The Power of a Positive Attitude

The only disability in life is a bad attitude.  ~Scott Hamilton

I try to be a positive person.  I don't always succeed and I sometimes give in to the negative out of worry, fear or stress, but deep inside I tend to look at life as a glass half full.  This has saved me many times, along with my sense of humor.  I just don't think we can afford to take everything so seriously.  Speaking only for myself, I need to not take myself so seriously sometimes.   I look around and see so many people who have greater challenges or who are less fortunate than I and I wonder, "What the hell am I whining about?"
J.R. Martinez is the definition of a hero.

One of those people is J.R. Martinez.  If the name sounds familiar, he was the winner of the latest Dancing With the Stars.  I first saw him when he was cast on All My Children as a disfigured Iraqi war vet.  Today, he was the Grand Marshall of the Tournament of Roses Parade.  J.R. knows about challenges and having a positive attitude and he's not just another run of the mill celebrity.  He's a real live Iraqi war veteran who was burned in a land mine explosion.  He suffered burns on 40 percent of his body and has had over thirty surgeries since.  J.R. could have let his experience turn him angry and bitter, but he didn't.  He used it to his advantage and became a motivational speaker.  Aside from that, I think he is one of the most beautiful men I've ever seen.   His smile and attitude are contagious.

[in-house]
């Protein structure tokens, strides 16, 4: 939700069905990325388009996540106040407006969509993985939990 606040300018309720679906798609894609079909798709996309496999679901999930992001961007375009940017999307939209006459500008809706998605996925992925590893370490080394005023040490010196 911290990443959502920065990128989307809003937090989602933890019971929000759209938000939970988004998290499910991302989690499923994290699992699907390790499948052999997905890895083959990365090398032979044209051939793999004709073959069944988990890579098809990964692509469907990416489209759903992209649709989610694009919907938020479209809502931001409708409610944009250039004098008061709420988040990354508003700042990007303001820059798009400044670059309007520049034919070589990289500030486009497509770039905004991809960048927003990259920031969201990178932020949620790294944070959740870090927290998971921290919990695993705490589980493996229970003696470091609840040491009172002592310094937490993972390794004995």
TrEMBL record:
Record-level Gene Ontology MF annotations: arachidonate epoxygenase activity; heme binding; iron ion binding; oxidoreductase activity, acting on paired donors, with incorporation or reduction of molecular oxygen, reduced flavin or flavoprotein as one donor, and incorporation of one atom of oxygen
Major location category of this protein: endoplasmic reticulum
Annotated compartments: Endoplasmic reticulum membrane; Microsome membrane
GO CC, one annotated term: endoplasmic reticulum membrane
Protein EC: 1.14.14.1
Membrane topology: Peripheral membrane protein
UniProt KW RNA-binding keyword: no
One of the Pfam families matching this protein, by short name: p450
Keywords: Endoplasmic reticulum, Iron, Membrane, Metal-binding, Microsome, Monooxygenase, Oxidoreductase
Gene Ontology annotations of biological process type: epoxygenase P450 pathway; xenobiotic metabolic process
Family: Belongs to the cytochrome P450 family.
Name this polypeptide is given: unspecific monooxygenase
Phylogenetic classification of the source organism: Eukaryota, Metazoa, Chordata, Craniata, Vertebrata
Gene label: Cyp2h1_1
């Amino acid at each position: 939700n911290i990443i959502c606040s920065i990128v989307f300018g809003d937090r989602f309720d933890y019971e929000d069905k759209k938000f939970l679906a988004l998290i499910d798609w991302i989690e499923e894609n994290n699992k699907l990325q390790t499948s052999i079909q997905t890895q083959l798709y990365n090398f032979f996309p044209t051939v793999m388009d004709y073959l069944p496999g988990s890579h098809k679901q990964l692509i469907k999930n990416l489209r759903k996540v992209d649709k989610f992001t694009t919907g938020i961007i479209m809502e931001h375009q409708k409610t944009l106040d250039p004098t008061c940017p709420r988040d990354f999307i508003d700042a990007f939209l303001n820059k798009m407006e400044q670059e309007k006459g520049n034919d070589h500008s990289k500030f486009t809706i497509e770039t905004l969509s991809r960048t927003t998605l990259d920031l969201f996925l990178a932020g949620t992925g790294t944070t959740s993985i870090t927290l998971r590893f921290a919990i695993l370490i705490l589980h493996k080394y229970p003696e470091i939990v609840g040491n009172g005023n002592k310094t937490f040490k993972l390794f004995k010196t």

J.R. reminds me of a woman I met several years ago.  It's been so long I've forgotten her name, but not the lesson she taught me.  I'll call her Katherine for the sake of the story.  One night after a performance I was house managing, a woman with Cerebral Palsy, Katherine, sat in the lobby waiting for her ride.  She was in a motorized wheelchair and from what I recall, had very limited mobility.  I think she could only operate the joy stick that made the chair move.  She was the only one still in the lobby besides my friend, Melinda, and me.  

Ordinarily I would have dreaded the wait for the ride because the service that usually brought people with mobility issues was notoriously late.   I'd spent many hours waiting for rides for people in wheelchairs who were angry, bitter and blamed the world for everything.  I wasn't looking forward to that kind of evening but, Katherine, I quickly noted, was the opposite of those people.  Katherine was gracious, witty, and had a zest for life.